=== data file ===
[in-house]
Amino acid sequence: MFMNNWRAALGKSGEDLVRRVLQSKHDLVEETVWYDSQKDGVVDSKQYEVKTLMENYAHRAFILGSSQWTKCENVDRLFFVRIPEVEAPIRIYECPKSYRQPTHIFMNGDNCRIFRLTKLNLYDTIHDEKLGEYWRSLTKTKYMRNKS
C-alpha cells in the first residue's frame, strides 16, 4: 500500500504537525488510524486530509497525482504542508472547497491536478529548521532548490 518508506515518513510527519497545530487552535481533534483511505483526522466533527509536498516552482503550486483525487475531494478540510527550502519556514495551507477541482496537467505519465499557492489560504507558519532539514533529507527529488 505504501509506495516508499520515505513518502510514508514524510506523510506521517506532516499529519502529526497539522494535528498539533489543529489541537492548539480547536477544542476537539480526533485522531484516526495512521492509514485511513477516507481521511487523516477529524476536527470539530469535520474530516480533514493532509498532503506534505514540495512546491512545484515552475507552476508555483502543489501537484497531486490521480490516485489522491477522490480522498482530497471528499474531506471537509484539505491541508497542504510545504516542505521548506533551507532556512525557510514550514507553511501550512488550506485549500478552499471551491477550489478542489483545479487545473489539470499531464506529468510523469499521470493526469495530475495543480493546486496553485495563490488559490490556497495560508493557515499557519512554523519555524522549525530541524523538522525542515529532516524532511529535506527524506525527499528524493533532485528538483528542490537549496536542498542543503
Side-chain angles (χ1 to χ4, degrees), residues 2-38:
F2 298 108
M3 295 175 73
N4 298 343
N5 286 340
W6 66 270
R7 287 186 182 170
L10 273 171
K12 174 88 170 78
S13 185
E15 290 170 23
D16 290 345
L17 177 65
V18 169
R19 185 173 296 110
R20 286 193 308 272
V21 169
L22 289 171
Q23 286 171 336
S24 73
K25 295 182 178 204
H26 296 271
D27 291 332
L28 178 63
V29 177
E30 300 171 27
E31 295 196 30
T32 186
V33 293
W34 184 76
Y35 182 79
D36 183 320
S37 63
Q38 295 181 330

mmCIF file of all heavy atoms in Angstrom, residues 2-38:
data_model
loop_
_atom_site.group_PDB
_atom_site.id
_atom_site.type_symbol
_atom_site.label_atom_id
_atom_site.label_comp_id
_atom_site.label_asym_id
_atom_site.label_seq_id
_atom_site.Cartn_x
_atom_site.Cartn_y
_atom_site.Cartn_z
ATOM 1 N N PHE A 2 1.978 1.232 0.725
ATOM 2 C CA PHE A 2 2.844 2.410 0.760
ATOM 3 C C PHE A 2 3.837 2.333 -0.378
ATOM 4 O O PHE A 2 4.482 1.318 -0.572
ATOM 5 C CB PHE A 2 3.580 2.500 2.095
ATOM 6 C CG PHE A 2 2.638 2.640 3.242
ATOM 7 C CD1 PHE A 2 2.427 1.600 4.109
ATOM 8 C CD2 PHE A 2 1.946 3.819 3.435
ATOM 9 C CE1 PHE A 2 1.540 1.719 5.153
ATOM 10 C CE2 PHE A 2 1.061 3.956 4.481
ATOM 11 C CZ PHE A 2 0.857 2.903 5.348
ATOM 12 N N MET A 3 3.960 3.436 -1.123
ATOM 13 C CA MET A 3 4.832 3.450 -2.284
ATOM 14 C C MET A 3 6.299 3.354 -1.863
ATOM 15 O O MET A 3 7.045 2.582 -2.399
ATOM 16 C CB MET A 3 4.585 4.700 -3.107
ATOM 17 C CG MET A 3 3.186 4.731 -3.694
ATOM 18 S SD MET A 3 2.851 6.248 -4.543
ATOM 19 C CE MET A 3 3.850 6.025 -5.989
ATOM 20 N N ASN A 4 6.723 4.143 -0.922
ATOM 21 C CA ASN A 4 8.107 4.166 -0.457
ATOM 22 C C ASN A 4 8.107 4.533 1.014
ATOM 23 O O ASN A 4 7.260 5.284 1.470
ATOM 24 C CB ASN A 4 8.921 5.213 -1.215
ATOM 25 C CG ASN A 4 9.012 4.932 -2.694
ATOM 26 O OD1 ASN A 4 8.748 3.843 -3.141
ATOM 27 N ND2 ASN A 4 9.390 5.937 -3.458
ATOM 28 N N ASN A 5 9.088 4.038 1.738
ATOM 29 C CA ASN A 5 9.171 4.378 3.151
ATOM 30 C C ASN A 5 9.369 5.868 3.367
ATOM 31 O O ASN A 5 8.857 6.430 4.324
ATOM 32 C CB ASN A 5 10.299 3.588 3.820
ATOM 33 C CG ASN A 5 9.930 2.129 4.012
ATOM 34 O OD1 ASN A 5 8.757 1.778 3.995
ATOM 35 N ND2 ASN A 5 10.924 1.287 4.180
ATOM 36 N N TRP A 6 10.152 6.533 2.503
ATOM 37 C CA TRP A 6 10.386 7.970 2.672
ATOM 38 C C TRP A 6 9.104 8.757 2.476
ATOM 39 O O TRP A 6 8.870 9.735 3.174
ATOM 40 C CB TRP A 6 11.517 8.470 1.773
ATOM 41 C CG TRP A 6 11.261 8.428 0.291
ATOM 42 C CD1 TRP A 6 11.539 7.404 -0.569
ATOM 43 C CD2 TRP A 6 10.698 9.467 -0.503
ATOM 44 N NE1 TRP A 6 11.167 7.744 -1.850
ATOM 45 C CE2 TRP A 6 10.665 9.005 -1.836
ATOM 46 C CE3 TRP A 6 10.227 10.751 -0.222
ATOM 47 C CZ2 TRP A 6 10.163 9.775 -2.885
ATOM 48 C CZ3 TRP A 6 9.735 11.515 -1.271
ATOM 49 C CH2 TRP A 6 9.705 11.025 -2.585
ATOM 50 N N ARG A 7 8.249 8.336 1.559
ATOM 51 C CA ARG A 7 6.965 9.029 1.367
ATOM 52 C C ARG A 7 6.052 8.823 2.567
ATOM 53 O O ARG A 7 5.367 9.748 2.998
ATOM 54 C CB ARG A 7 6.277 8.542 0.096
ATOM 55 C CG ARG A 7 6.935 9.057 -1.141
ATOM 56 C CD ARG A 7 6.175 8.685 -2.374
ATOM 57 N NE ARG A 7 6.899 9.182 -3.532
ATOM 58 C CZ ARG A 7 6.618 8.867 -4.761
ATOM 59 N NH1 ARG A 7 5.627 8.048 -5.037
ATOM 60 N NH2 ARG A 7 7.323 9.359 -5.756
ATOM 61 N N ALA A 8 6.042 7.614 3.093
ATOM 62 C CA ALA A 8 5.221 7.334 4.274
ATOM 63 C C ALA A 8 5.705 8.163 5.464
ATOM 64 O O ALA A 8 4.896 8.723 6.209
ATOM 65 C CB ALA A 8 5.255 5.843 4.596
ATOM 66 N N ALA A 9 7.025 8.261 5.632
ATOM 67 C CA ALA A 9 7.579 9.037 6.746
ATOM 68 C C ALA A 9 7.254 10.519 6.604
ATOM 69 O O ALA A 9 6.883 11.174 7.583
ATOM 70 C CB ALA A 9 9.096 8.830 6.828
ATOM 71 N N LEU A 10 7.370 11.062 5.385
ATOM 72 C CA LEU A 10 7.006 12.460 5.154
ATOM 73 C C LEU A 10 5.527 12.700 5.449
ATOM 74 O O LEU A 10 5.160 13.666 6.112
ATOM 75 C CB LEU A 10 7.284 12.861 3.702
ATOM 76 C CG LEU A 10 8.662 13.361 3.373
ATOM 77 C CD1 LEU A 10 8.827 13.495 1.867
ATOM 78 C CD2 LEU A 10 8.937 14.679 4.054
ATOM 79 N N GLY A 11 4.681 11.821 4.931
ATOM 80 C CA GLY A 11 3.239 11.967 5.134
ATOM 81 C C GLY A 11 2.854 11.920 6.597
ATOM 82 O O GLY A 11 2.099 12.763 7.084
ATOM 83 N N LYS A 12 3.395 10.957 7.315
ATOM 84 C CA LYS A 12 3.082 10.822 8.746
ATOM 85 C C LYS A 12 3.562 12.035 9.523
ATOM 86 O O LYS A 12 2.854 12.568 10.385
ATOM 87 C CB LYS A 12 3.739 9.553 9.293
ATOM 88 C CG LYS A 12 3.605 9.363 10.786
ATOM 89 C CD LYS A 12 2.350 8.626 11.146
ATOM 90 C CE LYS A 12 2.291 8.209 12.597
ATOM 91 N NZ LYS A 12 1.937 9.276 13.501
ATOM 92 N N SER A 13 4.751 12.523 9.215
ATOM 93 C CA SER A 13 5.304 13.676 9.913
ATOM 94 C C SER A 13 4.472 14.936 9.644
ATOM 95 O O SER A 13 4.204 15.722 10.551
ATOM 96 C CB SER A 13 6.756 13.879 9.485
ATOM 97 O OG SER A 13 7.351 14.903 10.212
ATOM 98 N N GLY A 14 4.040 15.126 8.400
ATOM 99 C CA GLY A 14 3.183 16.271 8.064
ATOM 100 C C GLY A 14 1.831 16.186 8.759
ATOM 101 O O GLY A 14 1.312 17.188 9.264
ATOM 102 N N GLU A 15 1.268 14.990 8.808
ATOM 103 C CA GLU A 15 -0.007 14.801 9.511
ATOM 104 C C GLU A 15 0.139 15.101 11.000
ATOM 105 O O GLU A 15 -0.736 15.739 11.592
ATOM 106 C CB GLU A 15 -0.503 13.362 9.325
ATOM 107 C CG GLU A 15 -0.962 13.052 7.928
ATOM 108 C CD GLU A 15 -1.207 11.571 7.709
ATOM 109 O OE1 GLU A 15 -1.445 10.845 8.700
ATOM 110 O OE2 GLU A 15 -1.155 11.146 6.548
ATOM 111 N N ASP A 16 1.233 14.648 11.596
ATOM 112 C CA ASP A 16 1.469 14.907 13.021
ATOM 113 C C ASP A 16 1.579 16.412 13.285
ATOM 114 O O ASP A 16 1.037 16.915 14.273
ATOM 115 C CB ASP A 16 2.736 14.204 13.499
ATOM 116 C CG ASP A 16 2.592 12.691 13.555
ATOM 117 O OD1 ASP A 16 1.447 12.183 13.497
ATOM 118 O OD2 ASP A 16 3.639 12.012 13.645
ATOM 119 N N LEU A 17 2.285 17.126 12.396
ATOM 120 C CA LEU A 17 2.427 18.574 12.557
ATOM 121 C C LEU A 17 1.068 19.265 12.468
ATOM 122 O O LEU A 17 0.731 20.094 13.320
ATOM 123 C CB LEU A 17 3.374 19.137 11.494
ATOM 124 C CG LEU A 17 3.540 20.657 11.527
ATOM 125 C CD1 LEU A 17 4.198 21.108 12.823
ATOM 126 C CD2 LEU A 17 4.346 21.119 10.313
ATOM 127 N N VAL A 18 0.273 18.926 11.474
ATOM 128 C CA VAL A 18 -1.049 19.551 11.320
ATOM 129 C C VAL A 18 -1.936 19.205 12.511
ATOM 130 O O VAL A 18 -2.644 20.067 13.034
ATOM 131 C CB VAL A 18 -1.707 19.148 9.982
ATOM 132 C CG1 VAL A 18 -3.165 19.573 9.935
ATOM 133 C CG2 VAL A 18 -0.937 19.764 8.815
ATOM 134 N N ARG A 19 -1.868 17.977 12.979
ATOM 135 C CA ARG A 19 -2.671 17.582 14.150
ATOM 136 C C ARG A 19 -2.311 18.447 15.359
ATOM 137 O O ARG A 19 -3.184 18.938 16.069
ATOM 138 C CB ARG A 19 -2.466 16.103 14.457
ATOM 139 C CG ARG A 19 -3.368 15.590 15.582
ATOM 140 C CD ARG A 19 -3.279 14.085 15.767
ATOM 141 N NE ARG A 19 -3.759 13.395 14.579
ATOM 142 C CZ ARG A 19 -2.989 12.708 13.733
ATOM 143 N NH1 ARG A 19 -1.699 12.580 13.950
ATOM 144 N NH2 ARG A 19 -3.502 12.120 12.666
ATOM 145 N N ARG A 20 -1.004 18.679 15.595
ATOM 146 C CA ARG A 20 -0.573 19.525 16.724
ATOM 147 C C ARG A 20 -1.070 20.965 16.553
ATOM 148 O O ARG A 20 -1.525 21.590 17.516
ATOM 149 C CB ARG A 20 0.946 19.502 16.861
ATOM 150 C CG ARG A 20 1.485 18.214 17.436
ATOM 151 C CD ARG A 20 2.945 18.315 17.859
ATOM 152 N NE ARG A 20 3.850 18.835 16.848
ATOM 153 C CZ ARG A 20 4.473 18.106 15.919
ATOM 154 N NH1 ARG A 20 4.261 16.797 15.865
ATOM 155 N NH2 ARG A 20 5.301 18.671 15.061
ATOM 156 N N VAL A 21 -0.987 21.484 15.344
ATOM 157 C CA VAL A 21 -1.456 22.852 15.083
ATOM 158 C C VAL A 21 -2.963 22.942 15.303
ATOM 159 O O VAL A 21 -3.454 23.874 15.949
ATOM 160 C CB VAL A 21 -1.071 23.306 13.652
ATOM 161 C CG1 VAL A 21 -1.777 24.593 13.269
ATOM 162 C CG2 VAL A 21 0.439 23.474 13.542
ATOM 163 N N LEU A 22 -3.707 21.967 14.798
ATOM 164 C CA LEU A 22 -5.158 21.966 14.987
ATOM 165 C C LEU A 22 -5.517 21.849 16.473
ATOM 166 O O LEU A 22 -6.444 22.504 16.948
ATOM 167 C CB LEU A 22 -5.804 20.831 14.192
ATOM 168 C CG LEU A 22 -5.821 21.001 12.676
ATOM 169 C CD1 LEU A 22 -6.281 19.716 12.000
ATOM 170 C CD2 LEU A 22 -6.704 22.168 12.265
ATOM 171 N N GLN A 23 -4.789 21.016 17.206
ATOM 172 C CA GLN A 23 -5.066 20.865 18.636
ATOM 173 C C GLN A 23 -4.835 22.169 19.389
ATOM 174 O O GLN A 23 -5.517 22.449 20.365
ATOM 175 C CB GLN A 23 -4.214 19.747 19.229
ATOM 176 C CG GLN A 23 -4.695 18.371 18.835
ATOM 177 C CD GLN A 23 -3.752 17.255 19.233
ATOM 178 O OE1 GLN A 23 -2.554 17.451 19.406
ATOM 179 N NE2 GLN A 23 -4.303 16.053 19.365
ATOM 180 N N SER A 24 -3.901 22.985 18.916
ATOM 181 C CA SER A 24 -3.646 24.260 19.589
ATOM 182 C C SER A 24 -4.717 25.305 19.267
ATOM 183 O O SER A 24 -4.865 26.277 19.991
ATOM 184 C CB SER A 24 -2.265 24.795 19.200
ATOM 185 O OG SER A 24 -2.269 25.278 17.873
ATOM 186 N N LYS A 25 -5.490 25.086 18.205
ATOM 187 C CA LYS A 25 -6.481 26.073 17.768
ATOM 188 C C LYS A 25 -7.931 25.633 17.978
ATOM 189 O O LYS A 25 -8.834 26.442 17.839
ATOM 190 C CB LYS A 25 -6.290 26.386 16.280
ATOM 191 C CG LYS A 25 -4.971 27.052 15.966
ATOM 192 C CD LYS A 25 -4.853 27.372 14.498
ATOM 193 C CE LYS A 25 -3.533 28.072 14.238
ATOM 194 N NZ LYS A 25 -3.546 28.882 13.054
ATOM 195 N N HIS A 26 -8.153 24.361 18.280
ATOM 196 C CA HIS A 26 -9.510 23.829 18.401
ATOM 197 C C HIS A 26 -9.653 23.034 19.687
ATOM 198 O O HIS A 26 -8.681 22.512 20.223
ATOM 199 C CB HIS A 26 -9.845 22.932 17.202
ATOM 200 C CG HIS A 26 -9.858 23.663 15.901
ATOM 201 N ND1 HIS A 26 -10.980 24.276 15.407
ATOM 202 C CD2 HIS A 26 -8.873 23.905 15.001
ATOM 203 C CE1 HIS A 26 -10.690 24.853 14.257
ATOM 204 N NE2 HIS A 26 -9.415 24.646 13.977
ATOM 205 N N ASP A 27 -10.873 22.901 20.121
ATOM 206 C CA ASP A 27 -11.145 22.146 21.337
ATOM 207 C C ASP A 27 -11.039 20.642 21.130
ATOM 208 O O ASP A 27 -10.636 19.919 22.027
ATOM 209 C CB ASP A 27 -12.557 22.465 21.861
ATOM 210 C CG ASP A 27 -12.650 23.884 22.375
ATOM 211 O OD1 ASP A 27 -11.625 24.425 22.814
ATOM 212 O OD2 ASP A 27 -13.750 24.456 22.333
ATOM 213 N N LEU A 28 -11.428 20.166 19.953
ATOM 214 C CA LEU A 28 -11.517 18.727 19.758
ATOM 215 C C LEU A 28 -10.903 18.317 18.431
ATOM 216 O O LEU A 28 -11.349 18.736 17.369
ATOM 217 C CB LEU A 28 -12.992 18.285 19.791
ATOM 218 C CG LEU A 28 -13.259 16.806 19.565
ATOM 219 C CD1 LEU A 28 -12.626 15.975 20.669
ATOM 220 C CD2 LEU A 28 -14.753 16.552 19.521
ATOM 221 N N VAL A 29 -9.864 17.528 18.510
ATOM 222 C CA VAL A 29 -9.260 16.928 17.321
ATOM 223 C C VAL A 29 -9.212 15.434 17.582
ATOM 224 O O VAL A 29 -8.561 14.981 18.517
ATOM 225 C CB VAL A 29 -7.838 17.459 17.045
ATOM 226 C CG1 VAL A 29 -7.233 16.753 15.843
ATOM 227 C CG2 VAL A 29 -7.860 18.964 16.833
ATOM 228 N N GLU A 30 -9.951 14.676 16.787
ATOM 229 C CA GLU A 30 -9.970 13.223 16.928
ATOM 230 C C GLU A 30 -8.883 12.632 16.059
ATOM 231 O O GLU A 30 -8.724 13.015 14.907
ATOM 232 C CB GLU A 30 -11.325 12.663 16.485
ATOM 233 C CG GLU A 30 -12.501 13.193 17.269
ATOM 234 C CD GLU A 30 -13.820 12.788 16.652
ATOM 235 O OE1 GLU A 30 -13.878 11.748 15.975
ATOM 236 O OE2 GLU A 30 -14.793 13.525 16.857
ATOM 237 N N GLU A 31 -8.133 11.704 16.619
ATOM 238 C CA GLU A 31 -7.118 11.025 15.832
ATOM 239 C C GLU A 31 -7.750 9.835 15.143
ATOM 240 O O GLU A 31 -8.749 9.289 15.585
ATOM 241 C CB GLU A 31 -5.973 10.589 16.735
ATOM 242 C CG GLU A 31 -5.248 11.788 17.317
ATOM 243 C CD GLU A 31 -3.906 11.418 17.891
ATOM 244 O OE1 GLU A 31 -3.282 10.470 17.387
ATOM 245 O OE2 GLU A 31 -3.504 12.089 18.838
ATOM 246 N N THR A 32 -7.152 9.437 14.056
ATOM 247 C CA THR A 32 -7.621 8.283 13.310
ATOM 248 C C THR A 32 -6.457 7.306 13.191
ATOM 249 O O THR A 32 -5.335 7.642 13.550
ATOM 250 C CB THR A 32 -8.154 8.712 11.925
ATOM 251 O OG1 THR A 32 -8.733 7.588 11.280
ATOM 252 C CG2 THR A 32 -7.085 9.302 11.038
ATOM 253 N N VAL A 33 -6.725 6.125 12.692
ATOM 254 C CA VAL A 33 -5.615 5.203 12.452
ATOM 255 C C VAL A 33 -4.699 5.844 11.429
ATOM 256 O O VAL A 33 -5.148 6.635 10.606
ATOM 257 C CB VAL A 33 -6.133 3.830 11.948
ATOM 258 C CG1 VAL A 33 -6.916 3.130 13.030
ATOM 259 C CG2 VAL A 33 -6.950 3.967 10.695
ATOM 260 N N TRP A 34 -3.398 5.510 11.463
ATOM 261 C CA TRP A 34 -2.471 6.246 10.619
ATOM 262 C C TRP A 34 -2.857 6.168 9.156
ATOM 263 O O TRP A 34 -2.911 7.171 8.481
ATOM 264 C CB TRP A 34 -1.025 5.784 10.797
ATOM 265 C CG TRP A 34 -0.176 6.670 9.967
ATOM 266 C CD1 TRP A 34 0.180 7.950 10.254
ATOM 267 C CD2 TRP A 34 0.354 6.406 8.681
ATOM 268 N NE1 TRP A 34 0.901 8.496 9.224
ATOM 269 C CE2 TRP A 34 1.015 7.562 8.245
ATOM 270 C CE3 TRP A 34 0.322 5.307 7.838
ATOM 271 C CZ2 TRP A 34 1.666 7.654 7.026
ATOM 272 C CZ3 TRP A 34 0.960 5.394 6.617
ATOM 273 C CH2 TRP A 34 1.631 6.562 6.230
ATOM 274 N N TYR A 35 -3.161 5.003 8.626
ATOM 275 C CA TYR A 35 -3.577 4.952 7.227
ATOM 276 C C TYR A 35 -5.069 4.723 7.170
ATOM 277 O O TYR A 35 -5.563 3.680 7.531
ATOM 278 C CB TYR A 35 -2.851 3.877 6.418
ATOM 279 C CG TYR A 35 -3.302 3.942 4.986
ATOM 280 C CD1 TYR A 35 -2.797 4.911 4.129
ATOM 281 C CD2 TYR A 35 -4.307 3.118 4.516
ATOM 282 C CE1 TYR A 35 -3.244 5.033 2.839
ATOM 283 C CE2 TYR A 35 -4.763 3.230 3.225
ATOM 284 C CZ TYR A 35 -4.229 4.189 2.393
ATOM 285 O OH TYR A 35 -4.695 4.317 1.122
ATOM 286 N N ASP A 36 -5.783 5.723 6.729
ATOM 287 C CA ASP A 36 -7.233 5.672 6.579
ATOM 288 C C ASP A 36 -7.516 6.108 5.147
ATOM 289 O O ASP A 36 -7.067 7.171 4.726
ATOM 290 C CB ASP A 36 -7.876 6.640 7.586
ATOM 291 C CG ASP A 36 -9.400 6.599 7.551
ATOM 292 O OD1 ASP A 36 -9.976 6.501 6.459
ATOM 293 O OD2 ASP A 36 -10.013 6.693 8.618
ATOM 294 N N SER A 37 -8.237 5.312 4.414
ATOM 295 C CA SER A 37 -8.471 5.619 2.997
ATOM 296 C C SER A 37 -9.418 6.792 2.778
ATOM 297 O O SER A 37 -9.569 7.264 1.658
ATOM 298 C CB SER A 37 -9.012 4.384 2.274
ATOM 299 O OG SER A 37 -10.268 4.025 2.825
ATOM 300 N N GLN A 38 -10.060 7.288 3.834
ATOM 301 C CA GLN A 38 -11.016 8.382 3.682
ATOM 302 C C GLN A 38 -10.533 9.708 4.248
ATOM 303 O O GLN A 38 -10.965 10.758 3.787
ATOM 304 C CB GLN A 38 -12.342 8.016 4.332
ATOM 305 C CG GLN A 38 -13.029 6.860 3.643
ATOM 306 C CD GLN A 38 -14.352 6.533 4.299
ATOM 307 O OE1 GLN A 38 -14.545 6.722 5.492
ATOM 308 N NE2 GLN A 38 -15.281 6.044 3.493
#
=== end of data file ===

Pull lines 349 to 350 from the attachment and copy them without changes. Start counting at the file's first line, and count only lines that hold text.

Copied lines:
ATOM 299 O OG SER A 37 -10.268 4.025 2.825
ATOM 300 N N GLN A 38 -10.060 7.288 3.834